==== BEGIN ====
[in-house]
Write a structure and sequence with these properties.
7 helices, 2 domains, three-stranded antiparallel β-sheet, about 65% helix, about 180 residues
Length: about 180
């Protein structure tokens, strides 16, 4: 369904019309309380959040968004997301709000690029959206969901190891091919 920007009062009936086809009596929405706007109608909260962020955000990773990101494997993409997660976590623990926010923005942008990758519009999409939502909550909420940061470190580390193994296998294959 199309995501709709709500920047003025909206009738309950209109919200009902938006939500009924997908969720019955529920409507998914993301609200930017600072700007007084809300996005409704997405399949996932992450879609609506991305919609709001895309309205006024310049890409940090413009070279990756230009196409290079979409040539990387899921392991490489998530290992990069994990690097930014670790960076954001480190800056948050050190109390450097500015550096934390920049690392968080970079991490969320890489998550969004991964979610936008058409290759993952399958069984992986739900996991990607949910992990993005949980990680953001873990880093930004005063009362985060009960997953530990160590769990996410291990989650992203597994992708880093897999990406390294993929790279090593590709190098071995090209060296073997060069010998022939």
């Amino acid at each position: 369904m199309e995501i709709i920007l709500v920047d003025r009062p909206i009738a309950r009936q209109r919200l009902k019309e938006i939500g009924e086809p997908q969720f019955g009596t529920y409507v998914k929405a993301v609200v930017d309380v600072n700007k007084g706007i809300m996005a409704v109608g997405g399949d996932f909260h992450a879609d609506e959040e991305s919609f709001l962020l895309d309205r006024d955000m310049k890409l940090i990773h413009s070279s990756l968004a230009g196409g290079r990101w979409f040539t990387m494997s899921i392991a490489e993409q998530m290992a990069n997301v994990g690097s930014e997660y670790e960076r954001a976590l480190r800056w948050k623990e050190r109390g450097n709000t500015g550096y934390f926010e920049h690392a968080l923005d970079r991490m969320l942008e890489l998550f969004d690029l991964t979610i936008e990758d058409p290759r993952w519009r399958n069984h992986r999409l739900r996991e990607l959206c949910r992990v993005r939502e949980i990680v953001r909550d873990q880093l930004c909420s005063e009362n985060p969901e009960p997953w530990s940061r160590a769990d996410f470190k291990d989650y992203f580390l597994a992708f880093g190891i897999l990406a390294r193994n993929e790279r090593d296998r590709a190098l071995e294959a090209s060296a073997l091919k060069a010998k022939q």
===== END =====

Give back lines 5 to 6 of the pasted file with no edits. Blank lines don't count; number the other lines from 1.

């Protein structure tokens, strides 16, 4: 369904019309309380959040968004997301709000690029959206969901190891091919 920007009062009936086809009596929405706007109608909260962020955000990773990101494997993409997660976590623990926010923005942008990758519009999409939502909550909420940061470190580390193994296998294959 199309995501709709709500920047003025909206009738309950209109919200009902938006939500009924997908969720019955529920409507998914993301609200930017600072700007007084809300996005409704997405399949996932992450879609609506991305919609709001895309309205006024310049890409940090413009070279990756230009196409290079979409040539990387899921392991490489998530290992990069994990690097930014670790960076954001480190800056948050050190109390450097500015550096934390920049690392968080970079991490969320890489998550969004991964979610936008058409290759993952399958069984992986739900996991990607949910992990993005949980990680953001873990880093930004005063009362985060009960997953530990160590769990996410291990989650992203597994992708880093897999990406390294993929790279090593590709190098071995090209060296073997060069010998022939």
């Amino acid at each position: 369904m199309e995501i709709i920007l709500v920047d003025r009062p909206i009738a309950r009936q209109r919200l009902k019309e938006i939500g009924e086809p997908q969720f019955g009596t529920y409507v998914k929405a993301v609200v930017d309380v600072n700007k007084g706007i809300m996005a409704v109608g997405g399949d996932f909260h992450a879609d609506e959040e991305s919609f709001l962020l895309d309205r006024d955000m310049k890409l940090i990773h413009s070279s990756l968004a230009g196409g290079r990101w979409f040539t990387m494997s899921i392991a490489e993409q998530m290992a990069n997301v994990g690097s930014e997660y670790e960076r954001a976590l480190r800056w948050k623990e050190r109390g450097n709000t500015g550096y934390f926010e920049h690392a968080l923005d970079r991490m969320l942008e890489l998550f969004d690029l991964t979610i936008e990758d058409p290759r993952w519009r399958n069984h992986r999409l739900r996991e990607l959206c949910r992990v993005r939502e949980i990680v953001r909550d873990q880093l930004c909420s005063e009362n985060p969901e009960p997953w530990s940061r160590a769990d996410f470190k291990d989650y992203f580390l597994a992708f880093g190891i897999l990406a390294r193994n993929e790279r090593d296998r590709a190098l071995e294959a090209s060296a073997l091919k060069a010998k022939q």